Ephesians 2:4-5 (KJV), “But because of His great love for us, God, who is rich in mercy, made us alive with Christ even when we were dead in transgressions—it is by grace you have been saved.” 


Six days into the month of November, I experienced another loss, not the loss of a person, but the loss of an activity that I loved. It was my happy place when the dark clouds of unhappiness threatened to overwhelm me. It was one of several key disappointments that I have had to deal with in the last six months. I will be honest with you; I don’t deal with disappointment or loss of anything – whether serious or trivial – very well. I hurt deeply when I lose friendships, or I lose the trust or confidence of people who matter to me. So, it makes me try harder, but trying harder doesn’t always get the results I want. Trying harder, when the mindset is not calibrated for success (AKA being stubborn), can often be to my own detriment.


Why? Because some losses are necessary to move you to another level, some are necessary for growth to take place, and others are necessary to create the space for what’s to come that ultimately may be better for you. These ‘things to come’ are more akin to “what we need” vs. “what we want.” No matter how mature I try to be, it can be a bitter pill to swallow. This idea holds true for new or young Christians as we grapple with how to deal with actions, behaviors, or life choices that are part of the ‘old self.’ However, often, it is the key part of sharing the Gospel that more mature Christians either fail to impart or simply gloss over when they counsel saints who are still children growing in the Spirit.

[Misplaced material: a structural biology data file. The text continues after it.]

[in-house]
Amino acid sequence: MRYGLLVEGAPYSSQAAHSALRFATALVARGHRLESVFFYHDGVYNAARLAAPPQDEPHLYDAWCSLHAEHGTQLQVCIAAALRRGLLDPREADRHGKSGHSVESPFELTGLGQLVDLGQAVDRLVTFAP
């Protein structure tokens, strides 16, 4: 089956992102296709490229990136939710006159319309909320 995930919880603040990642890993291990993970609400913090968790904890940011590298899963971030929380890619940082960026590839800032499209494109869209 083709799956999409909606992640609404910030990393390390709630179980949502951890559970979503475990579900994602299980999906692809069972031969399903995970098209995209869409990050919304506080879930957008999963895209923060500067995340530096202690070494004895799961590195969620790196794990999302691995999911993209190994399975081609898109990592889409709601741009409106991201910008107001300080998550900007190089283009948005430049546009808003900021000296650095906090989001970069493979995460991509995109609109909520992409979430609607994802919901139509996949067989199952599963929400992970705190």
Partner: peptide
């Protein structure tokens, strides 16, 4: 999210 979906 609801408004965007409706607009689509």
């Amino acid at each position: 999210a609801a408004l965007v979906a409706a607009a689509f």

2 Peter 3:18 (ESV), “But grow in the grace and knowledge of our Lord and Savior Jesus Christ. To Him be the glory both now and to the day of eternity. Amen.” 



With this most recent loss, I took about 12 hours to allow myself to be angry, to mourn the loss, and then I stood straight and accepted it. By the next morning, I was strangely relieve, so I just rolled with it. During those twelve hours, the Holy Spirit held me; even as the anger and lashing out spewed from my mind, and mouth, I was held. My response the next morning was proof that I could no longer accept that I was not “good at dealing with disappointment.” I had matured both personally and spiritually. In my response, I graciously accepted the loss, while acknowledging my disappointment, and I stood proudly with the decision.


1 Peter 5:10 (ESV), “And after you have suffered a little while, the God of all grace, who has called you to His eternal glory in Christ, will Himself restore, confirm, strengthen, and establish you.”


As I wrote this article, the story of the prodigal son popped into my mind. It is the perfect metaphor for how God regards us when we falter or experience crushing disappointments. He, like the beaming father, accepted that the son was ‘lost’ but now was ‘found.’ In other words, he did not ignore the son’s missteps, but the love in his heart welcomed him home in spite of his transgressions.


2 Chronicles 30:9b (ESV), “For the Lord your God is gracious and merciful and will not turn away His face from you, if you return to Him.” 



That is GRACE. I just wish someone would have explained it to me that way. Grace is the eternal medicine freely given by God to hurting people living in a broken world. But it is also the strength that we can lean on to overcome the vagaries of this life. It is also an indicator of the deepening relationship we have with Jesus Christ, when we can extend it to ourselves and to others in stressful moments.


2 Corinthians 12:9, “But He said to me, ‘My grace is sufficient for you, for my power is made perfect in weakness.’ Therefore, I will boast all the more gladly of my weaknesses, so that the power of Christ may rest upon me.”